[C]orporate power, upper class power, uneven distribution of wealth and prejudice cause social problems... [T]he problem is not one of poverty, but of enormous wealth. The problem is not one of gaps or cracks in an otherwise fine system but of a system which perpetuates prejudicial views concerning race, sex, age, and disability. The problem is not one of incompetence but of barriers to education, jobs, and power. Accordingly, as long as there is a deep gulf between social classes, both in terms of wealth, power, and outlook, traditional social programs will act merely as palliatives to oppression and not as a way of ending large scale human misery. This perspective is, above all, eclectic. It embraces Marx's criticism of social class inequality but is not only a social class analysis. It is anti-racist, but it is not only a theory of race equality. It favors democratic distribution of power but is also an economic theory. It can be called a social and economic democracy perspective.
In his 1879 book Progress and Poverty, Henry George argued that a majority of wealth created in a "free market" economy was appropriated by land owners and monopolists through economic rents, and that concentration of such unearned wealth was the root cause of poverty. "Behind the abstraction known as 'the market' lurks a set of institutions designed to maximize the wealth and power of the most privileged group of people in the world—the creditor-rentier class of the first world and their junior partners in the third". Schweickart claimed that private savings are not only unnecessary for economic growth, they are often harmful to the overall economy.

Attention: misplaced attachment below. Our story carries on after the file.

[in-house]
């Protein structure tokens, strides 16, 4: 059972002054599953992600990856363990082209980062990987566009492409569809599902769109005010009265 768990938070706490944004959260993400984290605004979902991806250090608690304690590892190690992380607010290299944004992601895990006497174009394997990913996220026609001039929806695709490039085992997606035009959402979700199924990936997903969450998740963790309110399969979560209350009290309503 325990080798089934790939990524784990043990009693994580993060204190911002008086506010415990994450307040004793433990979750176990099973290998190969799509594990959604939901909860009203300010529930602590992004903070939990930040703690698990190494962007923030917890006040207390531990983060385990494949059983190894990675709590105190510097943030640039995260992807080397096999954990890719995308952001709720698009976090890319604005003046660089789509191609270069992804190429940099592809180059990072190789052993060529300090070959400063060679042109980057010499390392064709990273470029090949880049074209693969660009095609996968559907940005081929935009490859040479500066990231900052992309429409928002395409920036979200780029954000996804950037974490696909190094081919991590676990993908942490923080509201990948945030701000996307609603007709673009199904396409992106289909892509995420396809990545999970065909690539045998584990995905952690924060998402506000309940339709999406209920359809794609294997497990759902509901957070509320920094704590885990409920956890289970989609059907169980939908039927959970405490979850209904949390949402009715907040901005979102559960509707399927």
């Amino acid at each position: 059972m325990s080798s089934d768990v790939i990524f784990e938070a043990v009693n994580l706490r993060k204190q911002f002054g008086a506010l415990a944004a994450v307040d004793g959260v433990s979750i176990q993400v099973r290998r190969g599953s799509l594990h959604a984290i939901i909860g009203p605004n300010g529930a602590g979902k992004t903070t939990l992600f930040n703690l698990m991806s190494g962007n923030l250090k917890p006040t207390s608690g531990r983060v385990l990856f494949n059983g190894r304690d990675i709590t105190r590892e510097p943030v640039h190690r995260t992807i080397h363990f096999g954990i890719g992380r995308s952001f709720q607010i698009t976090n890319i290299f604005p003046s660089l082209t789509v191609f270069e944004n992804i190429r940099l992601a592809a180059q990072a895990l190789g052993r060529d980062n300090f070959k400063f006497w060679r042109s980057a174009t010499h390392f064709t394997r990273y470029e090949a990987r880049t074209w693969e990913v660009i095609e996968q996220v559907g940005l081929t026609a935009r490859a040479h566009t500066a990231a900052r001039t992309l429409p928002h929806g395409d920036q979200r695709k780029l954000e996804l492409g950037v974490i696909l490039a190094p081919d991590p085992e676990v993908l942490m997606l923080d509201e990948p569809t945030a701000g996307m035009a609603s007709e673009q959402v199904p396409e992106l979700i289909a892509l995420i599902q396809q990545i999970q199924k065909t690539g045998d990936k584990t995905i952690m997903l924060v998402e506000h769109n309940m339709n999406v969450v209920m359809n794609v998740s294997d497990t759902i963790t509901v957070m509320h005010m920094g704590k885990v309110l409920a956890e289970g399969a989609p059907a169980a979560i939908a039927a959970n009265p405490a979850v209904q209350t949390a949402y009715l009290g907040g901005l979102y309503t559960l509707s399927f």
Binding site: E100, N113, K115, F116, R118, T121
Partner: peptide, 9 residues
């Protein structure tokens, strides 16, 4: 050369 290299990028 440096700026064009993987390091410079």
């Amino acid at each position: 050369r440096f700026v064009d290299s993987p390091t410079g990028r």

In an advanced industrial society, business credit is necessary for a healthy economy. A business that wants to expand production needs to command the labor of others, and money is the default mechanism for exercising this authority. It is often cheaper for a business to borrow capital from a bank than to stockpile cash.
If private savings are loaned out to entrepreneurs who use them to buy raw materials and hire workers, then aggregate demand is not reduced. However, when private savings are not reinvested, the whole economy suffers recession, unemployment, and disappearance of savings  which characterize deficiency of effective demand.